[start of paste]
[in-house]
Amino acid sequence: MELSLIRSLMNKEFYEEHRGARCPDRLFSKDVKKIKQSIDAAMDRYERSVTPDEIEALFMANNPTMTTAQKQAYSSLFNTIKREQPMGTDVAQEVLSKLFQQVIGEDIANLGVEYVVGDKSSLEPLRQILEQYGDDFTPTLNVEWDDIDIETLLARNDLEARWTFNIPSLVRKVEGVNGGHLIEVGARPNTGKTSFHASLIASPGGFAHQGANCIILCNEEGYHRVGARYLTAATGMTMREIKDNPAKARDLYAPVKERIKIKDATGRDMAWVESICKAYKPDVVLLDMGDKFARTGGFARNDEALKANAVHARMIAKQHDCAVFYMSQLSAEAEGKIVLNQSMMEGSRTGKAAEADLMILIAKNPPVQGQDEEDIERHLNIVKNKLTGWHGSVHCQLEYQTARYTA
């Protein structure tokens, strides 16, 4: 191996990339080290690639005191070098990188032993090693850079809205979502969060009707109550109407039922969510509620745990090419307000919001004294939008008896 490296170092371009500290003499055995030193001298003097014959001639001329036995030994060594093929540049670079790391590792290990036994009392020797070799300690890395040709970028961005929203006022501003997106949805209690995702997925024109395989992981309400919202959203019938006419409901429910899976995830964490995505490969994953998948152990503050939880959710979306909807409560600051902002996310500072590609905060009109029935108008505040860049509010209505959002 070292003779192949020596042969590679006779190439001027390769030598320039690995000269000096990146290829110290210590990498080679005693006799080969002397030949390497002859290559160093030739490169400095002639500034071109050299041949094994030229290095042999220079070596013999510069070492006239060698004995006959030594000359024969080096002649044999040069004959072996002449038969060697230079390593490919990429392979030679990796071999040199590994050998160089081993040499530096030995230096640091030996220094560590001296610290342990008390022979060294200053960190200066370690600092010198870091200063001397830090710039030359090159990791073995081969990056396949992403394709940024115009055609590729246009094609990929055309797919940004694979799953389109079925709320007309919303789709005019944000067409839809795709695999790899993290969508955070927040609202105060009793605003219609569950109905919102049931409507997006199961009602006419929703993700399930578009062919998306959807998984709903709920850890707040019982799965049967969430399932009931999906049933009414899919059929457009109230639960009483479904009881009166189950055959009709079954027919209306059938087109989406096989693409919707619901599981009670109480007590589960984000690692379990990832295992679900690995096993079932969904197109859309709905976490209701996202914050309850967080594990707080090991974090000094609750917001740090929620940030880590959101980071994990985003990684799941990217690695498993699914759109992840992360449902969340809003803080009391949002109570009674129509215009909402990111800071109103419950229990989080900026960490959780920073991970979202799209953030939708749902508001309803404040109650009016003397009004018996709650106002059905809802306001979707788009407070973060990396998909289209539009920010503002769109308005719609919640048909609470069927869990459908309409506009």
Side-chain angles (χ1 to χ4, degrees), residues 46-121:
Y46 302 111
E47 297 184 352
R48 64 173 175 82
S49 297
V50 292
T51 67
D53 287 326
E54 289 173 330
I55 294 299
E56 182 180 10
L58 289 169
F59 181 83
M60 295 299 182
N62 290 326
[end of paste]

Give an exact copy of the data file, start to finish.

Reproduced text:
[in-house]
Amino acid sequence: MELSLIRSLMNKEFYEEHRGARCPDRLFSKDVKKIKQSIDAAMDRYERSVTPDEIEALFMANNPTMTTAQKQAYSSLFNTIKREQPMGTDVAQEVLSKLFQQVIGEDIANLGVEYVVGDKSSLEPLRQILEQYGDDFTPTLNVEWDDIDIETLLARNDLEARWTFNIPSLVRKVEGVNGGHLIEVGARPNTGKTSFHASLIASPGGFAHQGANCIILCNEEGYHRVGARYLTAATGMTMREIKDNPAKARDLYAPVKERIKIKDATGRDMAWVESICKAYKPDVVLLDMGDKFARTGGFARNDEALKANAVHARMIAKQHDCAVFYMSQLSAEAEGKIVLNQSMMEGSRTGKAAEADLMILIAKNPPVQGQDEEDIERHLNIVKNKLTGWHGSVHCQLEYQTARYTA
């Protein structure tokens, strides 16, 4: 191996990339080290690639005191070098990188032993090693850079809205979502969060009707109550109407039922969510509620745990090419307000919001004294939008008896 490296170092371009500290003499055995030193001298003097014959001639001329036995030994060594093929540049670079790391590792290990036994009392020797070799300690890395040709970028961005929203006022501003997106949805209690995702997925024109395989992981309400919202959203019938006419409901429910899976995830964490995505490969994953998948152990503050939880959710979306909807409560600051902002996310500072590609905060009109029935108008505040860049509010209505959002 070292003779192949020596042969590679006779190439001027390769030598320039690995000269000096990146290829110290210590990498080679005693006799080969002397030949390497002859290559160093030739490169400095002639500034071109050299041949094994030229290095042999220079070596013999510069070492006239060698004995006959030594000359024969080096002649044999040069004959072996002449038969060697230079390593490919990429392979030679990796071999040199590994050998160089081993040499530096030995230096640091030996220094560590001296610290342990008390022979060294200053960190200066370690600092010198870091200063001397830090710039030359090159990791073995081969990056396949992403394709940024115009055609590729246009094609990929055309797919940004694979799953389109079925709320007309919303789709005019944000067409839809795709695999790899993290969508955070927040609202105060009793605003219609569950109905919102049931409507997006199961009602006419929703993700399930578009062919998306959807998984709903709920850890707040019982799965049967969430399932009931999906049933009414899919059929457009109230639960009483479904009881009166189950055959009709079954027919209306059938087109989406096989693409919707619901599981009670109480007590589960984000690692379990990832295992679900690995096993079932969904197109859309709905976490209701996202914050309850967080594990707080090991974090000094609750917001740090929620940030880590959101980071994990985003990684799941990217690695498993699914759109992840992360449902969340809003803080009391949002109570009674129509215009909402990111800071109103419950229990989080900026960490959780920073991970979202799209953030939708749902508001309803404040109650009016003397009004018996709650106002059905809802306001979707788009407070973060990396998909289209539009920010503002769109308005719609919640048909609470069927869990459908309409506009």
Side-chain angles (χ1 to χ4, degrees), residues 46-121:
Y46 302 111
E47 297 184 352
R48 64 173 175 82
S49 297
V50 292
T51 67
D53 287 326
E54 289 173 330
I55 294 299
E56 182 180 10
L58 289 169
F59 181 83
M60 295 299 182
N62 290 326